Get advice on how to deal with jerks at work Check out the book 'Jerks At Work' and other titles by Ken Lloyd Ph.D. Return to the homepage Learn more about Ken Lloyd, Ph.D. Submit a question to Ken Lloyd, Ph.D.

You asked, Ken answers ...

This item is filed under these categories:
Quitting Time Insults Expectations Exit Interviews

I will be giving two weeks' notice to leave after the first of the year. The problem is that our manager insists on exit interviews, and I have heard from others that the session is stressful and filled with harsh questions and insulting comments. I don't know if I should just sit there, fight back, or try to avoid the interview altogether.

In the words of Jerry Seinfeld, your manager sounds like a "bad breaker-upper." Exit interviews are not supposed to be a time to grind an employee down with brutal questioning, nor a time to put an employee down with derogatory comments.

It makes far more sense for management to use these interviews as an opportunity to learn about the employees' perceptions of the company and the reasons for wanting to leave. These interviews can provide management with an excellent opportunity to gather valuable data that can lead to reduced turnover.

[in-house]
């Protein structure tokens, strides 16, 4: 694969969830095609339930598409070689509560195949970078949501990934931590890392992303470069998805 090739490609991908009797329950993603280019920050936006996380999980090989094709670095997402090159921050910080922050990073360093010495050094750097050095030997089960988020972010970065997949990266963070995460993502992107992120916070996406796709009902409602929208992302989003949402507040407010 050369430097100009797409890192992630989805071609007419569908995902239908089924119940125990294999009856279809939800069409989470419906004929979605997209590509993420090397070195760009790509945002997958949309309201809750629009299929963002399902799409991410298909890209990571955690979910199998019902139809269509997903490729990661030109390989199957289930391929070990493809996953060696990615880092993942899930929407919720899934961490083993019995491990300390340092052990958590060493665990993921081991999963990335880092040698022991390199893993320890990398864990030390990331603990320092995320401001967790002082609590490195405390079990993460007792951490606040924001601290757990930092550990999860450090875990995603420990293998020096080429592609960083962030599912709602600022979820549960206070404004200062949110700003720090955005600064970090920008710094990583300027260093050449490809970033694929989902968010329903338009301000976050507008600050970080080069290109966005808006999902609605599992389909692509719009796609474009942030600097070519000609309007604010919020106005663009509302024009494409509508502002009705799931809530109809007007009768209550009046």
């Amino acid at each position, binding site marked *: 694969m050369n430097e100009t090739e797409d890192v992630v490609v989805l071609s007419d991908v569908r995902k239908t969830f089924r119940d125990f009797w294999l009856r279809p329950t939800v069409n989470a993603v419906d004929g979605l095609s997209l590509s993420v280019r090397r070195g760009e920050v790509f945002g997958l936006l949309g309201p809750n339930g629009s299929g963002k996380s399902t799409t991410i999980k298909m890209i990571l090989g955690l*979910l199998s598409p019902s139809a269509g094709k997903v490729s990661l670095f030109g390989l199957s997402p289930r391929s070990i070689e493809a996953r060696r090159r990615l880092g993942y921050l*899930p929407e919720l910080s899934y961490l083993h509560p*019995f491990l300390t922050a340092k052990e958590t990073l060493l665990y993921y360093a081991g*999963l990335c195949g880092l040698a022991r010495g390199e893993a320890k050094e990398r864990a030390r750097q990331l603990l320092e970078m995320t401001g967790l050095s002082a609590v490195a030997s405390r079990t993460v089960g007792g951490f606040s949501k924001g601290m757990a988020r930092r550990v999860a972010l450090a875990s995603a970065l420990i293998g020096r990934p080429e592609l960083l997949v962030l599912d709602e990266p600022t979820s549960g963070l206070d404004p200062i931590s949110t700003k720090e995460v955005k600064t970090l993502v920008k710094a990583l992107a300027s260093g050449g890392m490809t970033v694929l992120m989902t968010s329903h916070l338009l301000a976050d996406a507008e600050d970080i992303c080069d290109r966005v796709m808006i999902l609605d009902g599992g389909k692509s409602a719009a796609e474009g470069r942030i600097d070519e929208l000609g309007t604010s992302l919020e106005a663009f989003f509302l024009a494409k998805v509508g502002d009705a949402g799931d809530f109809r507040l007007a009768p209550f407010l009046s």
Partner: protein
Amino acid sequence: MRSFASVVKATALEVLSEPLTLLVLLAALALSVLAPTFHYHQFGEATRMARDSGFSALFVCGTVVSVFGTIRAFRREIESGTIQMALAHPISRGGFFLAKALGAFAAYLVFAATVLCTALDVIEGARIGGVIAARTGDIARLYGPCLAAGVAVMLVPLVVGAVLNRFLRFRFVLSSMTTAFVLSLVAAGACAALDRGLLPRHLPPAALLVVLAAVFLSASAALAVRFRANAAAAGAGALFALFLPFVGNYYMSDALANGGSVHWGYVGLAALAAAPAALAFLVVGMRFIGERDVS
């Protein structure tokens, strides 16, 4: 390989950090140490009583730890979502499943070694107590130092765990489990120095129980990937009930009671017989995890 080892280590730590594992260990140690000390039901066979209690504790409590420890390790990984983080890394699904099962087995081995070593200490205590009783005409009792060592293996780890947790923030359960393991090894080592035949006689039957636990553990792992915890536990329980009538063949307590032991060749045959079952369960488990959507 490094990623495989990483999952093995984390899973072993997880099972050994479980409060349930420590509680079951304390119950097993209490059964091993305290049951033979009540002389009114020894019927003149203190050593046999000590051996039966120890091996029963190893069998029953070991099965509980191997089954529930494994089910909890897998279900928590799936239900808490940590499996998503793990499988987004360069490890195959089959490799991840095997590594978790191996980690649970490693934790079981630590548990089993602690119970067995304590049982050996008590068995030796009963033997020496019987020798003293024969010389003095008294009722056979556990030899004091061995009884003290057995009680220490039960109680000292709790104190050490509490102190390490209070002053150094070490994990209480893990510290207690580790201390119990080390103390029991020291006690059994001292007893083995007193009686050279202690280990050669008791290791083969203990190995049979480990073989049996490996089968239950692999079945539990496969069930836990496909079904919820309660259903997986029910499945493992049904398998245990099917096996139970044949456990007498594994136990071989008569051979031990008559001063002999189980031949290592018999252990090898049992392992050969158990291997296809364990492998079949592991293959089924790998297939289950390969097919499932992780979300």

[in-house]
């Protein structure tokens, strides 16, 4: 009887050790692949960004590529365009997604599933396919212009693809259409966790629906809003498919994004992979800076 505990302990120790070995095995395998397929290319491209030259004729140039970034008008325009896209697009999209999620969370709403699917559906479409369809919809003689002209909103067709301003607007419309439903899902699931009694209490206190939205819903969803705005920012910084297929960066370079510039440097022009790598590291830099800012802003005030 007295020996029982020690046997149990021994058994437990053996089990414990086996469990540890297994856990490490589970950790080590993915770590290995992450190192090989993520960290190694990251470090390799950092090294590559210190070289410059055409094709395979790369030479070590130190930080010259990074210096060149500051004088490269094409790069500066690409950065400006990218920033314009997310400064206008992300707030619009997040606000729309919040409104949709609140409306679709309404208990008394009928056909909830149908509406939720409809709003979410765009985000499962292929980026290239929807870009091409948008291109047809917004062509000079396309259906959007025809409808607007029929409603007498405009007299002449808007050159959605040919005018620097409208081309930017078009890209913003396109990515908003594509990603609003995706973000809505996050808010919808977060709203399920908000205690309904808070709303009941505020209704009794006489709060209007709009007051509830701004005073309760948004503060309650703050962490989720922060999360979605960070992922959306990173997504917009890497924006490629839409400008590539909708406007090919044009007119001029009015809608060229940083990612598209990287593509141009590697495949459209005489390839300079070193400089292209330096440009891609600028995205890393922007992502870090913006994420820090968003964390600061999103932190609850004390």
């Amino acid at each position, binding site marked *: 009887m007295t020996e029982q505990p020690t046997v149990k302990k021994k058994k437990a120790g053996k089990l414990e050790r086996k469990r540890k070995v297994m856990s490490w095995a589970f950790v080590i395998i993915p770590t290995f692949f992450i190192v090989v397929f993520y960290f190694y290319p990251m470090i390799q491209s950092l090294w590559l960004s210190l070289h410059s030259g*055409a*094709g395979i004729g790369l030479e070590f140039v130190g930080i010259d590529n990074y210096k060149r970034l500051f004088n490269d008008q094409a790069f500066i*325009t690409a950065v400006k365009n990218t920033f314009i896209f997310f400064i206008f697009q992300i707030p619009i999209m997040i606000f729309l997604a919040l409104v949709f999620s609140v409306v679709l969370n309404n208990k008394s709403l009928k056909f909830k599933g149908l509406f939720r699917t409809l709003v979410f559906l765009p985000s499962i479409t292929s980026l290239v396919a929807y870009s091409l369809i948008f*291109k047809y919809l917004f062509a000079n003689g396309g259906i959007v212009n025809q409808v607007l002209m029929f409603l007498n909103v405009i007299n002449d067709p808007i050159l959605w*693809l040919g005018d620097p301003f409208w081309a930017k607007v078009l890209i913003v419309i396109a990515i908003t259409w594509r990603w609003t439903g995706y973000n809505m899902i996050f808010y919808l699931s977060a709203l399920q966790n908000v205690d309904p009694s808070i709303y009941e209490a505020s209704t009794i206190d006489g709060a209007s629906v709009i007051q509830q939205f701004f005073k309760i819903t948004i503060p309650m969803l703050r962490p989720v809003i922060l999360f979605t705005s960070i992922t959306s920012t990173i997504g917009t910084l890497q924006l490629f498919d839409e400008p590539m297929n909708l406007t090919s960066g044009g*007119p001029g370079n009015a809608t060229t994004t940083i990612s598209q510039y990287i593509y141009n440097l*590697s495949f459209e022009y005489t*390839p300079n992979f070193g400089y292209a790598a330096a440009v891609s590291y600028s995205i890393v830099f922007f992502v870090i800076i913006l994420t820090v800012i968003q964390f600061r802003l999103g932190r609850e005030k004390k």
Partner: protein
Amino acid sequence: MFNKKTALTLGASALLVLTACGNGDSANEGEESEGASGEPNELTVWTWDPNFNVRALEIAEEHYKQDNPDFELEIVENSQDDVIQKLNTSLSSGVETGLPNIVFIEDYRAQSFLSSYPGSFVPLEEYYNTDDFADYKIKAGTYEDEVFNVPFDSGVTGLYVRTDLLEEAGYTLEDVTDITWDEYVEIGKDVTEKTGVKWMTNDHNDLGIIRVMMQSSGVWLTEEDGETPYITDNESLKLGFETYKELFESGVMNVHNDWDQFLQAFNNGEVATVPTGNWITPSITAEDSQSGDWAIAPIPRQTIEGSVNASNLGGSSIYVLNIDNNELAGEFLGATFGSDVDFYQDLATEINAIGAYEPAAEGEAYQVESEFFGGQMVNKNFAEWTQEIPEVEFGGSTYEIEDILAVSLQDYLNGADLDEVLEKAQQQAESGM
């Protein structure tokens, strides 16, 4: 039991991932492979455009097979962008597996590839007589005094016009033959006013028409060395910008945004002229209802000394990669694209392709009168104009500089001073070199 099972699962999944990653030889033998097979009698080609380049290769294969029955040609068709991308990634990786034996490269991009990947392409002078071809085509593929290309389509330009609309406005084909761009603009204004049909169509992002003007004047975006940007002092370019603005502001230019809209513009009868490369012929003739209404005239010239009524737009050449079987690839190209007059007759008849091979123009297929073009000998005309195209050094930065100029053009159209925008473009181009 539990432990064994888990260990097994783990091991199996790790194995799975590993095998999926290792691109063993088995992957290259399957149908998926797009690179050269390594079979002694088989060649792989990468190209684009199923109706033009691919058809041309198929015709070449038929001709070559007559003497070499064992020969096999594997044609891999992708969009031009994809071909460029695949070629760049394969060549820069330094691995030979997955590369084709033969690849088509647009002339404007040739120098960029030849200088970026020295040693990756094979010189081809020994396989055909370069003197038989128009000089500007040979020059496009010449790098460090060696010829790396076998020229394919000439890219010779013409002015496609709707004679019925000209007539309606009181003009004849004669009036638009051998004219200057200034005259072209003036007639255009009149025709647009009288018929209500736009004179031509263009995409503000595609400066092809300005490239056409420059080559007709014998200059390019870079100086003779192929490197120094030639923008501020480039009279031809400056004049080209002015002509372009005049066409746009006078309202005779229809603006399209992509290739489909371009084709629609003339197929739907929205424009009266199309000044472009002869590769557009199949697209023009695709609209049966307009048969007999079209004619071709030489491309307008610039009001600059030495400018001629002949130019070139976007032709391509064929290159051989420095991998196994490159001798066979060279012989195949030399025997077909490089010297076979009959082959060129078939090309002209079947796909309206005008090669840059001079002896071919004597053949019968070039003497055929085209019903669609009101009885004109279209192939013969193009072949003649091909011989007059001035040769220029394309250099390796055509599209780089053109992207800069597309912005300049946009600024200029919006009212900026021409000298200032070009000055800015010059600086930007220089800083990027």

Although you have the option of avoiding the exit interview altogether, it is possible that much of the talk that you have heard about these interviews is exaggerated. And, if you enter this interview expecting the worst, you are actually increasing the likelihood of a disaster.

You should go to the session, listen to what your manager has to say, and then use a calm and businesslike approach to provide some specific feedback on the company and on this session if warranted. Let your final act with the company be a class act.

Comment on this item

Your name (optional)
If you leave this blank, we'll list you as "Website visitor"

Your comments
Please keep your comments focused on the topic. Thanks!